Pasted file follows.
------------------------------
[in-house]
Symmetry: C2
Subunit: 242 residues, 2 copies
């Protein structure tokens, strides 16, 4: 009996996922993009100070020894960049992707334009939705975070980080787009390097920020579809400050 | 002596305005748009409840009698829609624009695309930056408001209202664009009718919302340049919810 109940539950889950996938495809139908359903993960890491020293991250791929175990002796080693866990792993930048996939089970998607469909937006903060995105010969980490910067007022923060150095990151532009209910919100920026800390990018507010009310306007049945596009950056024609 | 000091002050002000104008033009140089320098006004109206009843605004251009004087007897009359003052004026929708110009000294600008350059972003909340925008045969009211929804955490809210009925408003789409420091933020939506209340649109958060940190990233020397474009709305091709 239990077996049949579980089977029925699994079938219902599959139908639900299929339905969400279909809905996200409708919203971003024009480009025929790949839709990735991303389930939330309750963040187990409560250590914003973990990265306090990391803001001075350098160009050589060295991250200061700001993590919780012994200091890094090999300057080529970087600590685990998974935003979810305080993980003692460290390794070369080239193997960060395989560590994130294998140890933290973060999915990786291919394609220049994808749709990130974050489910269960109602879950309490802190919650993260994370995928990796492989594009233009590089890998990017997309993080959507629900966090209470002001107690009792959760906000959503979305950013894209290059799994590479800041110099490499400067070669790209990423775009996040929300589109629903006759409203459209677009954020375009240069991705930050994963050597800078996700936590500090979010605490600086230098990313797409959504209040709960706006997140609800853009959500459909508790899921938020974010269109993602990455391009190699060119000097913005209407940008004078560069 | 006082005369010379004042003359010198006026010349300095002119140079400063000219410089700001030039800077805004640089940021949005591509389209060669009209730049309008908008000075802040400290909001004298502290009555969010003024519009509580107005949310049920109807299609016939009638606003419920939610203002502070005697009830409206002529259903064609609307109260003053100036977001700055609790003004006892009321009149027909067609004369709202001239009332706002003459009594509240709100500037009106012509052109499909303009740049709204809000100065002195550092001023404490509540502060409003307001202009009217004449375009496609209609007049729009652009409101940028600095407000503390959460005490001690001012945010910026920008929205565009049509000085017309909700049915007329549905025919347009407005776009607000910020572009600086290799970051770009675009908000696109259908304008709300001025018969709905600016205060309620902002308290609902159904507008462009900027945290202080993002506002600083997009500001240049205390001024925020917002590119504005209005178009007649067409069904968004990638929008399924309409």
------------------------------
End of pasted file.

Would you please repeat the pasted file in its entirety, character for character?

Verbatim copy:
[in-house]
Symmetry: C2
Subunit: 242 residues, 2 copies
């Protein structure tokens, strides 16, 4: 009996996922993009100070020894960049992707334009939705975070980080787009390097920020579809400050 | 002596305005748009409840009698829609624009695309930056408001209202664009009718919302340049919810 109940539950889950996938495809139908359903993960890491020293991250791929175990002796080693866990792993930048996939089970998607469909937006903060995105010969980490910067007022923060150095990151532009209910919100920026800390990018507010009310306007049945596009950056024609 | 000091002050002000104008033009140089320098006004109206009843605004251009004087007897009359003052004026929708110009000294600008350059972003909340925008045969009211929804955490809210009925408003789409420091933020939506209340649109958060940190990233020397474009709305091709 239990077996049949579980089977029925699994079938219902599959139908639900299929339905969400279909809905996200409708919203971003024009480009025929790949839709990735991303389930939330309750963040187990409560250590914003973990990265306090990391803001001075350098160009050589060295991250200061700001993590919780012994200091890094090999300057080529970087600590685990998974935003979810305080993980003692460290390794070369080239193997960060395989560590994130294998140890933290973060999915990786291919394609220049994808749709990130974050489910269960109602879950309490802190919650993260994370995928990796492989594009233009590089890998990017997309993080959507629900966090209470002001107690009792959760906000959503979305950013894209290059799994590479800041110099490499400067070669790209990423775009996040929300589109629903006759409203459209677009954020375009240069991705930050994963050597800078996700936590500090979010605490600086230098990313797409959504209040709960706006997140609800853009959500459909508790899921938020974010269109993602990455391009190699060119000097913005209407940008004078560069 | 006082005369010379004042003359010198006026010349300095002119140079400063000219410089700001030039800077805004640089940021949005591509389209060669009209730049309008908008000075802040400290909001004298502290009555969010003024519009509580107005949310049920109807299609016939009638606003419920939610203002502070005697009830409206002529259903064609609307109260003053100036977001700055609790003004006892009321009149027909067609004369709202001239009332706002003459009594509240709100500037009106012509052109499909303009740049709204809000100065002195550092001023404490509540502060409003307001202009009217004449375009496609209609007049729009652009409101940028600095407000503390959460005490001690001012945010910026920008929205565009049509000085017309909700049915007329549905025919347009407005776009607000910020572009600086290799970051770009675009908000696109259908304008709300001025018969709905600016205060309620902002308290609902159904507008462009900027945290202080993002506002600083997009500001240049205390001024925020917002590119504005209005178009007649067409069904968004990638929008399924309409």